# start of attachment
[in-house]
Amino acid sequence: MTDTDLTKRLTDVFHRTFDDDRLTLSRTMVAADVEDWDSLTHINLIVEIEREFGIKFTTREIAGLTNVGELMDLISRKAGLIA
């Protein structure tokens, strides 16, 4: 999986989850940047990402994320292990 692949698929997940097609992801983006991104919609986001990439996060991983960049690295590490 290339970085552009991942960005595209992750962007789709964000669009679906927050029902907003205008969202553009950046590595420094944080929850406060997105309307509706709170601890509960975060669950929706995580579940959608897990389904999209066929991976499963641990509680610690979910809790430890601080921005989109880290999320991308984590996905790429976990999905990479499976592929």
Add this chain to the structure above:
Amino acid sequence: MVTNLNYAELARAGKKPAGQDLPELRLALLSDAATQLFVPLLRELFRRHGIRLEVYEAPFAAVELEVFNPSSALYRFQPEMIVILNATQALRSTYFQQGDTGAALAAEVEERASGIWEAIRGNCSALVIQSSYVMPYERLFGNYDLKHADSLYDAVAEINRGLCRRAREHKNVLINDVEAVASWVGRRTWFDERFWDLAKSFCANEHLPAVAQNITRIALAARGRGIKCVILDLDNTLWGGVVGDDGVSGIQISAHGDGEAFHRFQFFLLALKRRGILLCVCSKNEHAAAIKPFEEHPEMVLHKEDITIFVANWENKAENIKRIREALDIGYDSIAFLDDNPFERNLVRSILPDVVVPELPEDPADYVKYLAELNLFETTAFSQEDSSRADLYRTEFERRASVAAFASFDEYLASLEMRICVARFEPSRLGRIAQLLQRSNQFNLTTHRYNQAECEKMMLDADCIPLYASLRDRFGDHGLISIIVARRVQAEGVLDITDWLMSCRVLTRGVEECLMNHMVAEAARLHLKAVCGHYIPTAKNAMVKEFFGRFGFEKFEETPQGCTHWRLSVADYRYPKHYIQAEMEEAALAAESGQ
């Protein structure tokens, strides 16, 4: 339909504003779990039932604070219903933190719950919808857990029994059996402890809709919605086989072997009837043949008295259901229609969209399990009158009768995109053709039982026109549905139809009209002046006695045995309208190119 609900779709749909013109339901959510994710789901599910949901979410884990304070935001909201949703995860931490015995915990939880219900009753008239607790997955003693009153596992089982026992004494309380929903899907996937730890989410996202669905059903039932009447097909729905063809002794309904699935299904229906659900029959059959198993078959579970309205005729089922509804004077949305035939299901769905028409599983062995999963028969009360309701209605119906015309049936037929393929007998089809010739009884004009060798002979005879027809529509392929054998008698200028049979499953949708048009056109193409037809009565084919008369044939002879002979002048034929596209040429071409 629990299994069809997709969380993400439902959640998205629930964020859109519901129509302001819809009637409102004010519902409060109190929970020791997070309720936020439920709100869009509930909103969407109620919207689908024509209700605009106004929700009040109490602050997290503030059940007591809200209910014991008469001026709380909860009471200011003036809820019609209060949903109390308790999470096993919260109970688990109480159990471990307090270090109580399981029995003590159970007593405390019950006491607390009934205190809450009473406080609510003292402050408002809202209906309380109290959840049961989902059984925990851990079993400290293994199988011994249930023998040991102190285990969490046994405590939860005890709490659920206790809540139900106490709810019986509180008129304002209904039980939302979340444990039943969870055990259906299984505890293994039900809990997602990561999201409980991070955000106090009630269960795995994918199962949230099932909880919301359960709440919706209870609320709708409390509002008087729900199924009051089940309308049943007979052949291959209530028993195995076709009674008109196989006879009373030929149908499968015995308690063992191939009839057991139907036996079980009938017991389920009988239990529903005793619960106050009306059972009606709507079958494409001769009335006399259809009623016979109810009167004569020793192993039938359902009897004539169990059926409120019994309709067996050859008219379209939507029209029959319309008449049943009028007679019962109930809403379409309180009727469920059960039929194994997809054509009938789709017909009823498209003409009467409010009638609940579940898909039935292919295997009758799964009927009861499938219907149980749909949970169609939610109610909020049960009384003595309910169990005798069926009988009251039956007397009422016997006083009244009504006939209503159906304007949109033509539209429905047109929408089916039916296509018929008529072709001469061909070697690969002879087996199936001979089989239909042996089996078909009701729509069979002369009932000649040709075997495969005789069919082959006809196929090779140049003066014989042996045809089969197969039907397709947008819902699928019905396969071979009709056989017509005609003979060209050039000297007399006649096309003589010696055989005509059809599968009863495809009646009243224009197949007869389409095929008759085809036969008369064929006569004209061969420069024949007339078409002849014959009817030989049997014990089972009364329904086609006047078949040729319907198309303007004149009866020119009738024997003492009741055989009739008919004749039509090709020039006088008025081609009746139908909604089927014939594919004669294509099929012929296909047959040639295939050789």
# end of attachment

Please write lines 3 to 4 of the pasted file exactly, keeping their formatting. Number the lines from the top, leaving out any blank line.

């Protein structure tokens, strides 16, 4: 999986989850940047990402994320292990 692949698929997940097609992801983006991104919609986001990439996060991983960049690295590490 290339970085552009991942960005595209992750962007789709964000669009679906927050029902907003205008969202553009950046590595420094944080929850406060997105309307509706709170601890509960975060669950929706995580579940959608897990389904999209066929991976499963641990509680610690979910809790430890601080921005989109880290999320991308984590996905790429976990999905990479499976592929």
Add this chain to the structure above: